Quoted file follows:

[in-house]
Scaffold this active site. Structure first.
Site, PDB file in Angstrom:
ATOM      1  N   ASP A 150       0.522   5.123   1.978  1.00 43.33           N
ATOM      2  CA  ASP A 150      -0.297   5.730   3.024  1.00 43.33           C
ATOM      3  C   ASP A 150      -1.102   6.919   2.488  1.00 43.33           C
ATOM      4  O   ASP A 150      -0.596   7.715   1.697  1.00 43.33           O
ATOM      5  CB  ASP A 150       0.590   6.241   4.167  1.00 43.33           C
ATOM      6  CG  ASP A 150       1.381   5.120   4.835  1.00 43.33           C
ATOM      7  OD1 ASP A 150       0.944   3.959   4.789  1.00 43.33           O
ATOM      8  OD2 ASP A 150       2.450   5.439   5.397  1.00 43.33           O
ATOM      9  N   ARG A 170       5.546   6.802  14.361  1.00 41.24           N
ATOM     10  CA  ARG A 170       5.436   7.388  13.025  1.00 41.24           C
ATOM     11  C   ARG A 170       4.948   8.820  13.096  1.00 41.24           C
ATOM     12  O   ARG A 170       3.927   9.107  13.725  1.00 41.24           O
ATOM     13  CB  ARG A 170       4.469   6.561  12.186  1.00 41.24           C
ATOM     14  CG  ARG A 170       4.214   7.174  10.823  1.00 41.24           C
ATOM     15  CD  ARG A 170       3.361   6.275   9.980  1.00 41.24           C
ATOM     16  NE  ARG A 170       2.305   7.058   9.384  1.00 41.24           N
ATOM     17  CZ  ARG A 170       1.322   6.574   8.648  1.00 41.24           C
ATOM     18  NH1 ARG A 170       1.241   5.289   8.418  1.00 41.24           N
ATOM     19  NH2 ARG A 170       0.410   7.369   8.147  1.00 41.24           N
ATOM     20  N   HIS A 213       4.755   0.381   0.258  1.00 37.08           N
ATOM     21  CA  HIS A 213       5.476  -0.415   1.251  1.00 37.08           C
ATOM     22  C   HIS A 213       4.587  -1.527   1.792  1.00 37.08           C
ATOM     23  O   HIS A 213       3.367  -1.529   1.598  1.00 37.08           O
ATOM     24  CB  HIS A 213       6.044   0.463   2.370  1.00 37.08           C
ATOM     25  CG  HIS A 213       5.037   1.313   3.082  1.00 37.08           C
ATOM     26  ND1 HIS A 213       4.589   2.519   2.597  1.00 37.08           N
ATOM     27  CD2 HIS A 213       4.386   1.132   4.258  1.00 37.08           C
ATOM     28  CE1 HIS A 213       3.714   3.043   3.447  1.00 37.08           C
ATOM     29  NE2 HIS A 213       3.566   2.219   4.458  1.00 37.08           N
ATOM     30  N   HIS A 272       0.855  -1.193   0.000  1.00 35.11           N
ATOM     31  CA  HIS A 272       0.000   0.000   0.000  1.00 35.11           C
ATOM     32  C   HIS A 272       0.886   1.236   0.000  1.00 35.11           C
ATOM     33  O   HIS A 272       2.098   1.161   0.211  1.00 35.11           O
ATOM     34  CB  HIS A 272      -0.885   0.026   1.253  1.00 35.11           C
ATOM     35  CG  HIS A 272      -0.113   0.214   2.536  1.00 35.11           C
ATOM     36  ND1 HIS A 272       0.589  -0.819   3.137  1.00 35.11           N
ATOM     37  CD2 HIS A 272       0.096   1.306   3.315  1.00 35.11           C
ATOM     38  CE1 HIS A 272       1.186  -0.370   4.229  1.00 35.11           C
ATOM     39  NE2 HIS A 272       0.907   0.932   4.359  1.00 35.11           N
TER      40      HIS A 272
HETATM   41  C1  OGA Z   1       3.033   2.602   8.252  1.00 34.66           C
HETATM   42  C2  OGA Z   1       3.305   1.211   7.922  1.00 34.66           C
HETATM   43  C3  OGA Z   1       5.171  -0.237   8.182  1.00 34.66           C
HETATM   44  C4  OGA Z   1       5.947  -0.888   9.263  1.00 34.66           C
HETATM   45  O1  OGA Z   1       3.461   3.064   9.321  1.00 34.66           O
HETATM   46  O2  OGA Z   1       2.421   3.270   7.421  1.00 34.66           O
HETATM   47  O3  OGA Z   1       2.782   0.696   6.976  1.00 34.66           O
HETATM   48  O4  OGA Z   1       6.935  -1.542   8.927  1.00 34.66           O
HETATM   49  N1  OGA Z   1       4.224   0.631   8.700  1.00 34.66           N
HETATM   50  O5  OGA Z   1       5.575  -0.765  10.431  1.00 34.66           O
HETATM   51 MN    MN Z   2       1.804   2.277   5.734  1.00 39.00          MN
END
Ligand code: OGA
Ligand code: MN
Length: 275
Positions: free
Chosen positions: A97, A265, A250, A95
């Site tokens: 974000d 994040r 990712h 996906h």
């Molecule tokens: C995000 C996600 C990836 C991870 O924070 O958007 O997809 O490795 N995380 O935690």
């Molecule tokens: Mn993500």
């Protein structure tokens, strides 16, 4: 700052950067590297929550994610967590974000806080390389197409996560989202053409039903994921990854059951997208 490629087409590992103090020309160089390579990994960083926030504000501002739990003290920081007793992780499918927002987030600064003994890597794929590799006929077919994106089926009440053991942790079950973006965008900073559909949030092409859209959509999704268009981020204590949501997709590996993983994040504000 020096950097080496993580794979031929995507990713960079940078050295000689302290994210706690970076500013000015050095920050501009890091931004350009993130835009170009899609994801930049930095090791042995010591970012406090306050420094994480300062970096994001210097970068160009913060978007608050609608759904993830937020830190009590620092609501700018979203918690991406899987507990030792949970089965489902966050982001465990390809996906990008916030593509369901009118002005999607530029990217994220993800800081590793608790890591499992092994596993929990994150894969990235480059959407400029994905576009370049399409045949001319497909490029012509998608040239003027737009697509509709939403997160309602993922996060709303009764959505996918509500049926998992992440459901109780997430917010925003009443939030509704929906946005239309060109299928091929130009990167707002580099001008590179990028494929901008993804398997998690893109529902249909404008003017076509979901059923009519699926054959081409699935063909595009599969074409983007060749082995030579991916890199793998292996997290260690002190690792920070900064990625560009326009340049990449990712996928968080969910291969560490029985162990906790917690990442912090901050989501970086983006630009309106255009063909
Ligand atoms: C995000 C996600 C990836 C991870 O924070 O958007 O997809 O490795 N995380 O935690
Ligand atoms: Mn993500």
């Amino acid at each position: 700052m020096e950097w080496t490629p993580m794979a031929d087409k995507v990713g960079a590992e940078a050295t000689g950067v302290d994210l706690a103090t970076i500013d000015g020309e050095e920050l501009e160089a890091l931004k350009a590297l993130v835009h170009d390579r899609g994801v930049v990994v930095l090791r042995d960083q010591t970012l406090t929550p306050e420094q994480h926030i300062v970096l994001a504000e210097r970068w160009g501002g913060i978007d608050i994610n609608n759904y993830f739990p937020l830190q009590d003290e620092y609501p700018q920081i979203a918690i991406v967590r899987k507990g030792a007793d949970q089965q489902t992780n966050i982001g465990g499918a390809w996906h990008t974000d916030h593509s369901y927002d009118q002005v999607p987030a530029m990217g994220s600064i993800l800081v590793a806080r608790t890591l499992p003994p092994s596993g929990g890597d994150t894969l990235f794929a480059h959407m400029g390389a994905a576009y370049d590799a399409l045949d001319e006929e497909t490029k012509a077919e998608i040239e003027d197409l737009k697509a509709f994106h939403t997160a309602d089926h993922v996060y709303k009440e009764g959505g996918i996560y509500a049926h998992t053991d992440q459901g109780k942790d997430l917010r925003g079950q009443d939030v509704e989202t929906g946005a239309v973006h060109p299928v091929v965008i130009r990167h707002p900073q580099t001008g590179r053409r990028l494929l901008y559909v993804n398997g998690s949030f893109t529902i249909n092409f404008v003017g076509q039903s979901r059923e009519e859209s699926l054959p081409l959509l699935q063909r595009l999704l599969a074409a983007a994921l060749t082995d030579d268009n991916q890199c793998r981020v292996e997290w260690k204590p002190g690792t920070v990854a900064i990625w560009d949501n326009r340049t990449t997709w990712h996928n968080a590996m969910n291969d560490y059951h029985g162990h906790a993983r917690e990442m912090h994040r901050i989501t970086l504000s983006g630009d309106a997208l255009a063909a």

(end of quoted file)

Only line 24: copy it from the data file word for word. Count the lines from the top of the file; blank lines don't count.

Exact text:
ATOM     21  CA  HIS A 213       5.476  -0.415   1.251  1.00 37.08           C